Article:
Mike Linkovich, former Athletic Trainer and Honorary member of the Bowdoin Alumni Association, died on December 4, 2022, in Brunswick, Maine.
(The following notice was shared by President Rose on December 5, 2022)
To the Bowdoin community,
I write with the sad news that Mike Linkovich, retired head athletic trainer, two-time US Olympic team trainer, inductee both in the Bowdoin Athletic Hall of Honor and nationally at the Athletic Trainers Hall of Fame in Seattle, and a beloved member of the Bowdoin community, died Sunday morning at the age of 100.
For more than six decades, Mike was one of the most recognizable people on campus, and his name—and various nicknames, starting with Big Daddy and evolving into Link—was synonymous with Bowdoin athletics. His service to the College and its students, which extended well past his official retirement in 1994, made him a legend.
Born on February 2, 1922, Mike grew up in Monaca, Pennsylvania. A World War II veteran, he served in the US Army infantry from 1942 to 1946, including time in both France and Germany. When he returned to Monaca after the war, he went back to the same steel mill where he had worked after finishing high school. The wages were good, but Mike decided he’d rather go to college on the GI Bill.
He studied physical education at Davis and Elkins College in West Virginia and played basketball for coach Petar (“Press”) Maravich, father of NBA Hall of Fame player Pete Maravich. After Mike graduated in 1953, he came north to Springfield College in Massachusetts to earn a master’s degree, with a plan to become a baseball and basketball coach. But a professor at Springfield set him on a different course by introducing him to athletic training.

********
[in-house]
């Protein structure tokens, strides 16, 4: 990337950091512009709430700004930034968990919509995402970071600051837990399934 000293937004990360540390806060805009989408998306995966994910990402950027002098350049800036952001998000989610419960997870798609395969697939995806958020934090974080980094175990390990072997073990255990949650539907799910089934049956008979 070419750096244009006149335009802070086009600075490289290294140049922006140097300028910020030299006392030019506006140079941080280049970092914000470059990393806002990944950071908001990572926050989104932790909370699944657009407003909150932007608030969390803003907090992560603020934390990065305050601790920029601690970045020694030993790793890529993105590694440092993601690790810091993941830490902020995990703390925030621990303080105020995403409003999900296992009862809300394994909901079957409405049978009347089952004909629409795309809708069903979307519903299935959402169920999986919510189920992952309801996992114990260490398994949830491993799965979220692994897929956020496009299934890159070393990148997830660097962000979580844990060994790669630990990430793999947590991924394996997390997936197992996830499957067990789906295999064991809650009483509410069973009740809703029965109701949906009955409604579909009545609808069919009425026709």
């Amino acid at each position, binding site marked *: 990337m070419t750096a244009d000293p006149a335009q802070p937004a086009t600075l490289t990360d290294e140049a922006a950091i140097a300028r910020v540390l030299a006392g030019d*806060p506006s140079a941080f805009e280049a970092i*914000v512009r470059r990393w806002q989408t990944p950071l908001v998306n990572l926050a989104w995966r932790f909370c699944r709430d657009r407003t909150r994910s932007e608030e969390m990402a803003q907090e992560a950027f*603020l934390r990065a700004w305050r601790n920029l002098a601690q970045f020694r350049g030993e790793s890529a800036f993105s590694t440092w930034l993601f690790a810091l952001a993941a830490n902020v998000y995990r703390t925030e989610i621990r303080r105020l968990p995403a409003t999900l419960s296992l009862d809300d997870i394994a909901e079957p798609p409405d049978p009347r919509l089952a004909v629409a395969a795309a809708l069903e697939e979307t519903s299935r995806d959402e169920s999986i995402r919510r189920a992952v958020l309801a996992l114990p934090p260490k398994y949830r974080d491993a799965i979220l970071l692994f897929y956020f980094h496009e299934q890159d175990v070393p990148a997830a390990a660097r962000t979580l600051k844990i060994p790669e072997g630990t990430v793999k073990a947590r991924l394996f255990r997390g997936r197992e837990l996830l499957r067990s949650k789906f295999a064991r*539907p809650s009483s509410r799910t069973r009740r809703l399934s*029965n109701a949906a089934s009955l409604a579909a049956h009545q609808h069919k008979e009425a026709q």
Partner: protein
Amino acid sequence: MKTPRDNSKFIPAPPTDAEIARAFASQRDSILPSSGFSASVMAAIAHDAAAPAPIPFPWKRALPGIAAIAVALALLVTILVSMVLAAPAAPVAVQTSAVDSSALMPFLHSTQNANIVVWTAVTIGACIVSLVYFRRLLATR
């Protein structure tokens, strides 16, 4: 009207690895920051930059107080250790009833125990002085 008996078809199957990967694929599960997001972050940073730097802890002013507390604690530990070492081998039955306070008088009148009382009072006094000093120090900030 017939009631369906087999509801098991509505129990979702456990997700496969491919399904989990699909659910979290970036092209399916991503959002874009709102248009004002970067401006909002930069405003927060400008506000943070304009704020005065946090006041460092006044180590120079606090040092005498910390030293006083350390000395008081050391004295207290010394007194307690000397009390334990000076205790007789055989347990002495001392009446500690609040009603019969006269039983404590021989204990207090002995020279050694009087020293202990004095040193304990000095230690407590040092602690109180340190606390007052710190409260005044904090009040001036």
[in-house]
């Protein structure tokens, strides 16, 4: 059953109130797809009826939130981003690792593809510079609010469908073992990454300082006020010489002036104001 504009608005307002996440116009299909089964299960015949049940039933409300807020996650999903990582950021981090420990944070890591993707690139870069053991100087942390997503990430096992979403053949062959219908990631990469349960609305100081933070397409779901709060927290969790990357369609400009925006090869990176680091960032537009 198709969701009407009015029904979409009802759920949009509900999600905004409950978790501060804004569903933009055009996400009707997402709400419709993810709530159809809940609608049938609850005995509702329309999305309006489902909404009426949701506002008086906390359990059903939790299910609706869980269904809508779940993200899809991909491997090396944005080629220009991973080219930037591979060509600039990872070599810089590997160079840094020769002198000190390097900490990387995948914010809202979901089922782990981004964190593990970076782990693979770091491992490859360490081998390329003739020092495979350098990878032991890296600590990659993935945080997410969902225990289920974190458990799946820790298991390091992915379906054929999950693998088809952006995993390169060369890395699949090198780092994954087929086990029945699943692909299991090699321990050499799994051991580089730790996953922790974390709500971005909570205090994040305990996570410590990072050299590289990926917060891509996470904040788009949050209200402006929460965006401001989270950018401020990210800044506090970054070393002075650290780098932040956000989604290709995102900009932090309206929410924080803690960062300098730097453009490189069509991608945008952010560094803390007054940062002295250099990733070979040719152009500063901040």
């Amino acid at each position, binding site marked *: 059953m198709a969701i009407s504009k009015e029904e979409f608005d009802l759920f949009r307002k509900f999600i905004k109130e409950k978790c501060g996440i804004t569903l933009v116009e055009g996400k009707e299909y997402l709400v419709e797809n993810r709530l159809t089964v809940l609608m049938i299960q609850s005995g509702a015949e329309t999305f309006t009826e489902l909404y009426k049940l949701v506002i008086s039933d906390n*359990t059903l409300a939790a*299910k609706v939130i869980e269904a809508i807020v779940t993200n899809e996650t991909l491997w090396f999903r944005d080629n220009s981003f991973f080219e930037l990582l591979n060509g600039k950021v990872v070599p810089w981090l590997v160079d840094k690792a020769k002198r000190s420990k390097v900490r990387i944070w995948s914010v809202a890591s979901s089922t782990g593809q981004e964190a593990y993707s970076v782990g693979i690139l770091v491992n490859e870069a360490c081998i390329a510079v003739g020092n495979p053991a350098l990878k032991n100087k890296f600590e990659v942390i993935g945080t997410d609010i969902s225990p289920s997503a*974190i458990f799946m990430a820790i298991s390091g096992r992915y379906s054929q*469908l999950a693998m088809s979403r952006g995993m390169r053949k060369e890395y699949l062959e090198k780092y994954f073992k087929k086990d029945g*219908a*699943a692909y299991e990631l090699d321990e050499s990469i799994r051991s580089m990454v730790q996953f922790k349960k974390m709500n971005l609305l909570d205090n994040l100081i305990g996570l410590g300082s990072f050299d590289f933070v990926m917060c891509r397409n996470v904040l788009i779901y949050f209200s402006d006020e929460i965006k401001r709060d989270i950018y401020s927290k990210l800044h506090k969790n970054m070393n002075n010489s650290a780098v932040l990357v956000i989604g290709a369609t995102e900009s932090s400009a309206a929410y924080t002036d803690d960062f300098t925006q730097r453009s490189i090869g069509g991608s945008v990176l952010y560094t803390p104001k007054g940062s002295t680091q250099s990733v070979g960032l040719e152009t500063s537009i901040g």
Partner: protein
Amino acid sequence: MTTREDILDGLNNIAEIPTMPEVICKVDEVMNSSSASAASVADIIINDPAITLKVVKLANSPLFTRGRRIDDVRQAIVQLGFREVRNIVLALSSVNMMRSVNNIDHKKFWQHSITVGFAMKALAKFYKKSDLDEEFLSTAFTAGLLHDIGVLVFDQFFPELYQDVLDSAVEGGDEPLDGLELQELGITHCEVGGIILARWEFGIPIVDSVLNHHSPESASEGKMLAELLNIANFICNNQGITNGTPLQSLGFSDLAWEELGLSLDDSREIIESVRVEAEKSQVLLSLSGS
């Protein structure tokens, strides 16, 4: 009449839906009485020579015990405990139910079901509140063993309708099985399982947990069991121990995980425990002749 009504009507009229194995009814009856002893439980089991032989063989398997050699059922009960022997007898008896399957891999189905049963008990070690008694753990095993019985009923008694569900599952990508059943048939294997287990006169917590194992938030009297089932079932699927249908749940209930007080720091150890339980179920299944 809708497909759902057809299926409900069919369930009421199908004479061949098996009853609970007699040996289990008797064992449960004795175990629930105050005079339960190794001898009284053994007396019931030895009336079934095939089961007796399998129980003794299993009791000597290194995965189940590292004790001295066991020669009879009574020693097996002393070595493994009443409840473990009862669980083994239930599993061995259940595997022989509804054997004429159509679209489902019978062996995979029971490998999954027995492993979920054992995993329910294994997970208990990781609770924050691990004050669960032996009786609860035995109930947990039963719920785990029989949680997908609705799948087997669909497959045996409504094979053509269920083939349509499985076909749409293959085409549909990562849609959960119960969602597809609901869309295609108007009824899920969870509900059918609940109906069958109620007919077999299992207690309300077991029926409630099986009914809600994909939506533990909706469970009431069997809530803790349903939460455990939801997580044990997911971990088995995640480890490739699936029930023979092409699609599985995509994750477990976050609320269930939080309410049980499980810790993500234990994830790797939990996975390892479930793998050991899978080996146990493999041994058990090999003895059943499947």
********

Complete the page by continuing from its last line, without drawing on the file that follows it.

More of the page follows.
That redirection was Bowdoin’s great gain. Mike did hesitate in 1954 before accepting a position training Bowdoin’s athletes because he wasn’t sure Bowdoin had enough to offer in the field. “I didn’t really think it was the place for me,” Mike told assistant football coach Kevin Loney in an interview for Bowdoin Magazine. A call from athletic director Mal Morrell, Class of 1924, helped convince Mike to give it a try.
He ended up staying for more than six decades. He married Virginia M. Simonian in 1960, and the couple raised two sons in Brunswick while Virginia worked as a secretary in the economics, history, and government departments and Mike earned a reputation that extended far beyond the campus. Mike was appointed a director of the National Athletic Trainers Association (NATA) in 1961, representing the New England states. Later he was elected vice president of the Eastern Athletic Trainers Association. He was named to the NATA Hall of Fame in 1982.
When the “Miracle on Ice” was unfolding at the 1980 Winter Olympic Games in Lake Placid, New York, Mike was there as a trainer for the US Olympic Hockey Team. He was also appointed an athletic trainer for the United States team for the l980 Moscow Summer Olympics, which the US ultimately boycotted to protest Russian intervention in Afghanistan.